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Tools for resolving workplace conflict

Repair work relationships + restore team harmony

Fractured workplace relationships and team tensions are often signs of workplace conflict. The underlying causes could range from pent up disagreements to serious incidents like bullying, sexual harassment or some other breach of the organisation’s code of conduct.

There are several tools and strategies that organisations should have in their conflict resolution tool-belt. For example:

  • Cultural Reviews allow senior management and the board to take a broad sweeping, proactive approach by identifying and mitigating any potential red flags and highlighting any concerns or common themes that may need to be addressed.

  • Workplace Investigations should be used whenever a manager becomes aware of a serious complaint or allegation. Workplace investigations must be conducted professionally from interview stage through to the final report. Outsourcing the task to an independent workplace investigator is often the best port of call.

  • Mediation creates a safe space for individuals involved in workplace conflict to delve into the deeper issues and navigate towards a resolution. An experienced mediator can objectively identify where relationships have an undercurrent, or when particular issues need to be discussed.

  • Facilitated Group Discussions are particularly useful when there are issues or underlying conflict within a team of employees.

  • Restorative Practice is a communication strategy that can be used to repair damaged workplace relationships and restore harmony within teams.

Are you familiar with Restorative Practice?

The concept of restorative practice comes from criminal justice principle of restorative justice, which switches the focus from the actions of the offender to the harm caused by their actions.1 The focus is not on punishment but providing an opportunity for the offender to understand the harm and make things right.2

WorkPlacePLUS uses restorative practice and reparative communication strategies as tools to assist organisations with

  • supporting appropriate workplace behaviours,

  • minimising inappropriate behaviours,

  • rebuilding team trust,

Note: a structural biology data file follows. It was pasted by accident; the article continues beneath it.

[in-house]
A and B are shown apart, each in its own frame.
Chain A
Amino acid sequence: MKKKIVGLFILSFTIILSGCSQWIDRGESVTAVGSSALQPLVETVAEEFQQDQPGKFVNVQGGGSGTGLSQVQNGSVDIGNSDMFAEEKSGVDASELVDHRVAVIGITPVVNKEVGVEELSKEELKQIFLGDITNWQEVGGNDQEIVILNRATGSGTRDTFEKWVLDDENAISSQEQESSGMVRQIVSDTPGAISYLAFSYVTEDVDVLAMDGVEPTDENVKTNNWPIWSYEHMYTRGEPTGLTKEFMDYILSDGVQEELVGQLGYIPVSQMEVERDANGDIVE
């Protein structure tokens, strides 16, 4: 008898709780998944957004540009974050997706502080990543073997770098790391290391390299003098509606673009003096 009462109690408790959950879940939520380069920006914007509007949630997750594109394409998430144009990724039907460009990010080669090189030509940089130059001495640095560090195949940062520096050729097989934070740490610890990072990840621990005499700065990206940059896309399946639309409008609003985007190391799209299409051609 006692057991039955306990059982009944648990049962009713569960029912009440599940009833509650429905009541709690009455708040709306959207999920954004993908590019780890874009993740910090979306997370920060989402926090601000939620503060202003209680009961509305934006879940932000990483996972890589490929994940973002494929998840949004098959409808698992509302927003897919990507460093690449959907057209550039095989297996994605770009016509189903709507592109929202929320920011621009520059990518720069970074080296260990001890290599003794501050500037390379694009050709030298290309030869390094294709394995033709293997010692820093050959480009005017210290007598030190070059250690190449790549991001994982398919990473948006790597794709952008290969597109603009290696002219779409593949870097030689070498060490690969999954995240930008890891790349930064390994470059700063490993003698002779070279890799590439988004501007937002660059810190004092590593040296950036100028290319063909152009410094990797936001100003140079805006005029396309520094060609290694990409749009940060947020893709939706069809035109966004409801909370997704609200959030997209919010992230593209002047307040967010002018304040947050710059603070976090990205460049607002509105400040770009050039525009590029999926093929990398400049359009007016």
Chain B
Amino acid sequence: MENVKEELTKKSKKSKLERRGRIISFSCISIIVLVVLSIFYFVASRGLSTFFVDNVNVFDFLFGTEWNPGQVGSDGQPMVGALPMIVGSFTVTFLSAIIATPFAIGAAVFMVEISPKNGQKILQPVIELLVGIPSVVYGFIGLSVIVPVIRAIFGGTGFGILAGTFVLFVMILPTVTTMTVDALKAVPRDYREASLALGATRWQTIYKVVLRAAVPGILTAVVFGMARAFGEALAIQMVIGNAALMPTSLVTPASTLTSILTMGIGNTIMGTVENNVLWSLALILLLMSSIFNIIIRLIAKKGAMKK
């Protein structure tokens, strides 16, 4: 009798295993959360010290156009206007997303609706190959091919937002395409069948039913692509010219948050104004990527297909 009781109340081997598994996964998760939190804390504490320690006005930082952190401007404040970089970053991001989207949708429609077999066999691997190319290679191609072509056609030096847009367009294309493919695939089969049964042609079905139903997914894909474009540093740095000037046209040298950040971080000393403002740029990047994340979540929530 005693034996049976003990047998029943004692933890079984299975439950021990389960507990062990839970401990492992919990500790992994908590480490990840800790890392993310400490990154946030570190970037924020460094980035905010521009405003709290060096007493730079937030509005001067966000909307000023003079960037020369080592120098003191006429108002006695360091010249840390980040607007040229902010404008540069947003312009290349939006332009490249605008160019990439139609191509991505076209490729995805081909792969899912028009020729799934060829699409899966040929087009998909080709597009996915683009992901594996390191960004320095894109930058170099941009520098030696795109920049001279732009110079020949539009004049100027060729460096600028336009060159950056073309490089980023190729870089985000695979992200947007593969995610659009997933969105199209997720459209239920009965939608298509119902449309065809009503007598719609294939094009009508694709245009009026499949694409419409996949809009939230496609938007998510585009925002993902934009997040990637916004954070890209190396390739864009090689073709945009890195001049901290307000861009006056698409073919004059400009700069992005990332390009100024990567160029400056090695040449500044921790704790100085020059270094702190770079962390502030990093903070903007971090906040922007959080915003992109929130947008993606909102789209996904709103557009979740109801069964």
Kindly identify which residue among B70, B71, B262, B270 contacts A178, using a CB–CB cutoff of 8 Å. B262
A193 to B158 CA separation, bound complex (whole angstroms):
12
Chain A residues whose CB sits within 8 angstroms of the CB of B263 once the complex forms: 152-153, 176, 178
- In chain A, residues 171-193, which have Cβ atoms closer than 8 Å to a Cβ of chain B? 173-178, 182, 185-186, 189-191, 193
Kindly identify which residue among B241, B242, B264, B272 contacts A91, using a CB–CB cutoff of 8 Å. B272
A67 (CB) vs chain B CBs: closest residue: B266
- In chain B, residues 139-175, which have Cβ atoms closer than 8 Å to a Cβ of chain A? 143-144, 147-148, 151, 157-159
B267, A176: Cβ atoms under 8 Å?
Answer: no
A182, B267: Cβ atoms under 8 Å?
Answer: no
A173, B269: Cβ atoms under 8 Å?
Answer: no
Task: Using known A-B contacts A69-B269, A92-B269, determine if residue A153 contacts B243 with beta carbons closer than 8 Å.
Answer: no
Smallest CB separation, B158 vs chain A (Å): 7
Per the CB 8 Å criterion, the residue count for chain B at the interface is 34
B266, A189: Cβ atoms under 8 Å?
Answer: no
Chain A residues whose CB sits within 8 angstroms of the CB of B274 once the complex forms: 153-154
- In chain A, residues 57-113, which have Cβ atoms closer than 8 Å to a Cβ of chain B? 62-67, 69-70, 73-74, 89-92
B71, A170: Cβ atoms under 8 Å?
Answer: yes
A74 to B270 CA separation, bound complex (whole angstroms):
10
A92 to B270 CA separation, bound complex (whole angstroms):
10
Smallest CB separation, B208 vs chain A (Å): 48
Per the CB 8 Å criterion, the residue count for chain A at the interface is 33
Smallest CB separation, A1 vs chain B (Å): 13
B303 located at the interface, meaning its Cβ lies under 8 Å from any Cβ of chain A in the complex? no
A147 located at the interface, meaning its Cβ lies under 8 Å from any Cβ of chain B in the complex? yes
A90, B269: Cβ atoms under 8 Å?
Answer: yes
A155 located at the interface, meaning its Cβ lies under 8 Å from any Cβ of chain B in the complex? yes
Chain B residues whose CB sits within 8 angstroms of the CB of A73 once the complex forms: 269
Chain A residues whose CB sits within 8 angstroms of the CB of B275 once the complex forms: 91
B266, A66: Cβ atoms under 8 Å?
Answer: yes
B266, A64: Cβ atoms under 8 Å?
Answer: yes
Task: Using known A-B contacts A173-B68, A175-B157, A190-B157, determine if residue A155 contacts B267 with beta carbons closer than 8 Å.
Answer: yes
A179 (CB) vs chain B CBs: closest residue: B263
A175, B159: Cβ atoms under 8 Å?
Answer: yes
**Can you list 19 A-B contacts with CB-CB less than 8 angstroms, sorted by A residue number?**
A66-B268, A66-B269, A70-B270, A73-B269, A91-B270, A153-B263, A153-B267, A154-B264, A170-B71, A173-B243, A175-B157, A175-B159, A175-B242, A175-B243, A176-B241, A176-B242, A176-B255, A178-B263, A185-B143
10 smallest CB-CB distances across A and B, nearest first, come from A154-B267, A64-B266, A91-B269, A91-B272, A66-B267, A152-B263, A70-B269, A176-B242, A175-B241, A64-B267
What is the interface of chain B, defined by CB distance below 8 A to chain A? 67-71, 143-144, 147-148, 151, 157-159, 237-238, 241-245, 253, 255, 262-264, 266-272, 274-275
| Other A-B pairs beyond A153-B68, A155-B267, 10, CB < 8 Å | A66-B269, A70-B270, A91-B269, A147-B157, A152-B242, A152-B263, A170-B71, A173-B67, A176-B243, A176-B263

• fostering a culture of healing when issues occur, and

  • fostering a culture of continuous improvement.

As a communication-based approach to resolving workplace conflict, restorative practice can be applied at various stages across a range of workplace processes, such as

  • in the day-to-day managing and mentoring of staff,

  • in direct unmediated conversations between individuals,

  • during a performance management discussion,

  • during a facilitated group discussion,

  • after a workplace cultural review,

  • after a workplace investigation, and

  • after a formal mediation session.

It’s important to note that restorative practice is only appropriate in certain circumstances, as you do not want such conversations to do harm. For instance, if it has been substantiated that an employee has engaged in bullying behaviour and they are still working with the victim, restorative practice may not be suitable.

WorkPlacePLUS can talk you through your options for conflict resolution and help you ensure you are using the appropriate tools and processes at the right times.

If restorative practice is a suitable choice for the issue at hand, rest assured that the team at WorkPlacePLUS has the skills and experience to successfully facilitate reparative discussions.

For more information, please contact us today.

1 Howard Zehr ‘Community Justice: The Historical Alternative’ in Changing Lenses: A New Focus for Crime and Justice (1999).

2 Howard Zehr The Little Book of Restorative Justice 23, 24.

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